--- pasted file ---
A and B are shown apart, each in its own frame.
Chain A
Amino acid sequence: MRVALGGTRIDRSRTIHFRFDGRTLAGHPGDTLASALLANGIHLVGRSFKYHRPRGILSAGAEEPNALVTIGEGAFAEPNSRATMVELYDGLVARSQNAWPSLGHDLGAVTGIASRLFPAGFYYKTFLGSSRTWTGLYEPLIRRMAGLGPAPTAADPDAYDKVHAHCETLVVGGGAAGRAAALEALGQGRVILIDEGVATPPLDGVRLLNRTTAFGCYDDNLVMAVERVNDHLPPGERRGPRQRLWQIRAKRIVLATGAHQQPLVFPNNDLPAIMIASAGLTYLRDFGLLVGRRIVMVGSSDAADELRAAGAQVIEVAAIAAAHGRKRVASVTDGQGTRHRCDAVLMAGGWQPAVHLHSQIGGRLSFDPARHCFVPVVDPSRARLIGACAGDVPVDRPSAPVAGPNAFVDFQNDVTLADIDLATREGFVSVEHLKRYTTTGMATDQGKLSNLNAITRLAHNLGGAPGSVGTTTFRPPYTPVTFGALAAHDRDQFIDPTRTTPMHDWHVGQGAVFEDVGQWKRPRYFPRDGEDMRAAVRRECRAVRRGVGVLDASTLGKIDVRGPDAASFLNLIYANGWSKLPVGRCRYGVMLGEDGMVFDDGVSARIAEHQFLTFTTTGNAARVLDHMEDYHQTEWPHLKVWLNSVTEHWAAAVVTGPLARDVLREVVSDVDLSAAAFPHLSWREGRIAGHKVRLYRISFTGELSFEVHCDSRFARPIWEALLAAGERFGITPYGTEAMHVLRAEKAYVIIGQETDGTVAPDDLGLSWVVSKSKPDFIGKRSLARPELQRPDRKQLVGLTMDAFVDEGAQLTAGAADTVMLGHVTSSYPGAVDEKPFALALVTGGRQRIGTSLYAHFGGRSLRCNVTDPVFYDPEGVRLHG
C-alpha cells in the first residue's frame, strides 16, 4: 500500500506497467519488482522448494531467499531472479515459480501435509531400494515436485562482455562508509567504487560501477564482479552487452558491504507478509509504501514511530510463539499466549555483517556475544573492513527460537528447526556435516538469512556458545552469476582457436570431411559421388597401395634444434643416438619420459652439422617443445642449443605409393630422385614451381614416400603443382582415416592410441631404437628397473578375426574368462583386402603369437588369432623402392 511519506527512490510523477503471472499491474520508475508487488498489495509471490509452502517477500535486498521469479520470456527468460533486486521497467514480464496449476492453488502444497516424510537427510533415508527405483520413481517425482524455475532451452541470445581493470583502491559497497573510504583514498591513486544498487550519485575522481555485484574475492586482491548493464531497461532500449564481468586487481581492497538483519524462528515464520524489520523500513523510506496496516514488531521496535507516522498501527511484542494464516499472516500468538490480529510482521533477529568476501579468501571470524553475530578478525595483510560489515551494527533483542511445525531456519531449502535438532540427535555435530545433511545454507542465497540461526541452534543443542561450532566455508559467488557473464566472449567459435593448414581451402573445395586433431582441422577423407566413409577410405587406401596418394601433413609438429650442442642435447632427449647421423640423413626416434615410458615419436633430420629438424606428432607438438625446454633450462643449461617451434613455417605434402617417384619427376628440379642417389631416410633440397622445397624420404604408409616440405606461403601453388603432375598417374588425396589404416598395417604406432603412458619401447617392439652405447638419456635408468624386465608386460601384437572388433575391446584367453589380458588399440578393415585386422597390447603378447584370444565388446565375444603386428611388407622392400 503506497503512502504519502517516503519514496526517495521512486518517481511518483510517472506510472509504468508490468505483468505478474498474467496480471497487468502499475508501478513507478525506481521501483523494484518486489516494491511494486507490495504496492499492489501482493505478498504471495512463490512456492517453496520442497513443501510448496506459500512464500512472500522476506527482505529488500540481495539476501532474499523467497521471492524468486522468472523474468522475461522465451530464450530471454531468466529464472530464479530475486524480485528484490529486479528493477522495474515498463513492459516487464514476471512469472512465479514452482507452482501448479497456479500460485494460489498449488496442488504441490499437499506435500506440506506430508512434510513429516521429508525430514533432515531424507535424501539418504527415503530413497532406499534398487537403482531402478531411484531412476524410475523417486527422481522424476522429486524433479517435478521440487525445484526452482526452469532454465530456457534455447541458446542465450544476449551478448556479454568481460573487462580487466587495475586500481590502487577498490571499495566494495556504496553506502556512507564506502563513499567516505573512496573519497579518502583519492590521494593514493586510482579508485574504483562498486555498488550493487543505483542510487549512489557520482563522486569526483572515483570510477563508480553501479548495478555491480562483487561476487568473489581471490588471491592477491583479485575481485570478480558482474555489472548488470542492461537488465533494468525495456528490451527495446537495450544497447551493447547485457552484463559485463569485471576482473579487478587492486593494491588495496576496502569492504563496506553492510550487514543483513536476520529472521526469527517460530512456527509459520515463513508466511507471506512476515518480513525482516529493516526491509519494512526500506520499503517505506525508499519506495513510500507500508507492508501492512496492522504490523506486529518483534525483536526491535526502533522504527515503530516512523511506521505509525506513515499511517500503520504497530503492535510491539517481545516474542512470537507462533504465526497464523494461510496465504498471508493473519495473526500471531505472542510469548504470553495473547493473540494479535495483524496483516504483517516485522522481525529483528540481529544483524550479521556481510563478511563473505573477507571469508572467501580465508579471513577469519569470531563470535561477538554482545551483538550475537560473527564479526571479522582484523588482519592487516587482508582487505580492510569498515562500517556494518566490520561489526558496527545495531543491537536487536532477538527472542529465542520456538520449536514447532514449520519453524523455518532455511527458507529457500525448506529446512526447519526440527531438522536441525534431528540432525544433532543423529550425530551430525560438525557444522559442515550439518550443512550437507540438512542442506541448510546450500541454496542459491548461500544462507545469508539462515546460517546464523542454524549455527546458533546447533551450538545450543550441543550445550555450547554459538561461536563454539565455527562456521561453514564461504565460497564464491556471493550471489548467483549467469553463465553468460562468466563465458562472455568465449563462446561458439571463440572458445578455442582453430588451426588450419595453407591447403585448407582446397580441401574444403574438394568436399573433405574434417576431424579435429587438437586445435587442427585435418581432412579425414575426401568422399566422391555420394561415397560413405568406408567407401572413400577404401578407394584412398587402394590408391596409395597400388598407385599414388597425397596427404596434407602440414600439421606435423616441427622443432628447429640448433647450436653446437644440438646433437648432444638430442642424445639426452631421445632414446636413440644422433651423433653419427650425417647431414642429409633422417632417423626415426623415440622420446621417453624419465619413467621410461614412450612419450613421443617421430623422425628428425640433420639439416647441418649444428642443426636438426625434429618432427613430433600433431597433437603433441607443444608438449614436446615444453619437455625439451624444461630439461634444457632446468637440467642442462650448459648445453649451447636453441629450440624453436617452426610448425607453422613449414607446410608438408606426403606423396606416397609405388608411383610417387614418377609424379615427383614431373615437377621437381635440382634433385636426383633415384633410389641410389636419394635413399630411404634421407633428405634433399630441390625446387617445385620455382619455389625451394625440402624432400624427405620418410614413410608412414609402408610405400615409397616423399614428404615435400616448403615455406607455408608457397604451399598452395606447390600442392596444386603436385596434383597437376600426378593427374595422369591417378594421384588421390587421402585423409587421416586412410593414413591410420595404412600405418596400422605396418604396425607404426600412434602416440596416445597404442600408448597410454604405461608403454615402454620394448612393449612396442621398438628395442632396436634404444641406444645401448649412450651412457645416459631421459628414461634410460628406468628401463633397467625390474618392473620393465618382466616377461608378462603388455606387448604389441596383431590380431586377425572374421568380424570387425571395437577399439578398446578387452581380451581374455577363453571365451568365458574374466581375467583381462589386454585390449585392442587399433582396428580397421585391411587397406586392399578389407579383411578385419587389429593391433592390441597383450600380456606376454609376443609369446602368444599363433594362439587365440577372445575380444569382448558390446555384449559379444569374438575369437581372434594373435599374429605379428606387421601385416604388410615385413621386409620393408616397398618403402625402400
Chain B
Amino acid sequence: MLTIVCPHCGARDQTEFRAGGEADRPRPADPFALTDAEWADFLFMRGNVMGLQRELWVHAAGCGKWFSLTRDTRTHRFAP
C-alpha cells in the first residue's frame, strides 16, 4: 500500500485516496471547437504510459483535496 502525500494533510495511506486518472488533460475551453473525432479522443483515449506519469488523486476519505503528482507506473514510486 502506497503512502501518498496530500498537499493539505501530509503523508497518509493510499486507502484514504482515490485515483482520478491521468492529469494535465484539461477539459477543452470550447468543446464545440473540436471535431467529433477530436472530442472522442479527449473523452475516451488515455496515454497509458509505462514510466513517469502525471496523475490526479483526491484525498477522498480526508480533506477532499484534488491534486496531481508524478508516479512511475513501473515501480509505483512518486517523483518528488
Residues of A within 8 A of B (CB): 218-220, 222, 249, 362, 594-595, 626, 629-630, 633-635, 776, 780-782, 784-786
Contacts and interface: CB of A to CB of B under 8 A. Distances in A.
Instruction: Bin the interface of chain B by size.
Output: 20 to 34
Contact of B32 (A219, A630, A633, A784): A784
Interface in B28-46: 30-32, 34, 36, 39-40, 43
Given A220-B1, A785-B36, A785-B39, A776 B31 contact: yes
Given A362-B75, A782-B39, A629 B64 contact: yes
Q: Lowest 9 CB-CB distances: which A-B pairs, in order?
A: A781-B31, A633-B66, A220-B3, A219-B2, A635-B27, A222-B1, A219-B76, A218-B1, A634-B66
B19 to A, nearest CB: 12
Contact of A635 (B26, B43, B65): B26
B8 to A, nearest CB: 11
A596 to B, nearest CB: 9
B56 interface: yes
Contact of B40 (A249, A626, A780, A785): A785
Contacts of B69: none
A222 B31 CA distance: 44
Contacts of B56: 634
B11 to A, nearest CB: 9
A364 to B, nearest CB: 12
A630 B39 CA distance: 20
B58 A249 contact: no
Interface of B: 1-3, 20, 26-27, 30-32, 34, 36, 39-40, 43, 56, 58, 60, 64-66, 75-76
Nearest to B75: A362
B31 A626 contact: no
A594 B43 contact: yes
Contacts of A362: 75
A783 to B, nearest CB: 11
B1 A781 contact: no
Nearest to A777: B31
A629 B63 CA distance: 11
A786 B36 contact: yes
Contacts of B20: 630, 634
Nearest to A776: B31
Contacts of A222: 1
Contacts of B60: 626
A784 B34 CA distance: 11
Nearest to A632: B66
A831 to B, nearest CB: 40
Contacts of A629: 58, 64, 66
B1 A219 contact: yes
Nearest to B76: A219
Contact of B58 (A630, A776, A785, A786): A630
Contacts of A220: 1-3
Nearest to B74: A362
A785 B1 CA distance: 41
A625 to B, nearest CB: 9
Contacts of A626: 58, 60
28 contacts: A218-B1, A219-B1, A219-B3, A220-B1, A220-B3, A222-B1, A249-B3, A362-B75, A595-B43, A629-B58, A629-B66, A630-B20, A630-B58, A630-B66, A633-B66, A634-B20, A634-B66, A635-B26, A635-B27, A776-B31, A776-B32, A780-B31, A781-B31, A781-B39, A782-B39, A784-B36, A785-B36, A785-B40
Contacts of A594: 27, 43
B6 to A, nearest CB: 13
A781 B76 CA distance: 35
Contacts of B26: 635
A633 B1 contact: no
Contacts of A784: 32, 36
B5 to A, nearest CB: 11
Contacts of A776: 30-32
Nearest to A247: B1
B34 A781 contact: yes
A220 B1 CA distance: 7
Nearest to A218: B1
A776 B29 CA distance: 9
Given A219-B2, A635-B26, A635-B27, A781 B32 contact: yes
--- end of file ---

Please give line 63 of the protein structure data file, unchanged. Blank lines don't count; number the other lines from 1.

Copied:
Contacts of A784: 32, 36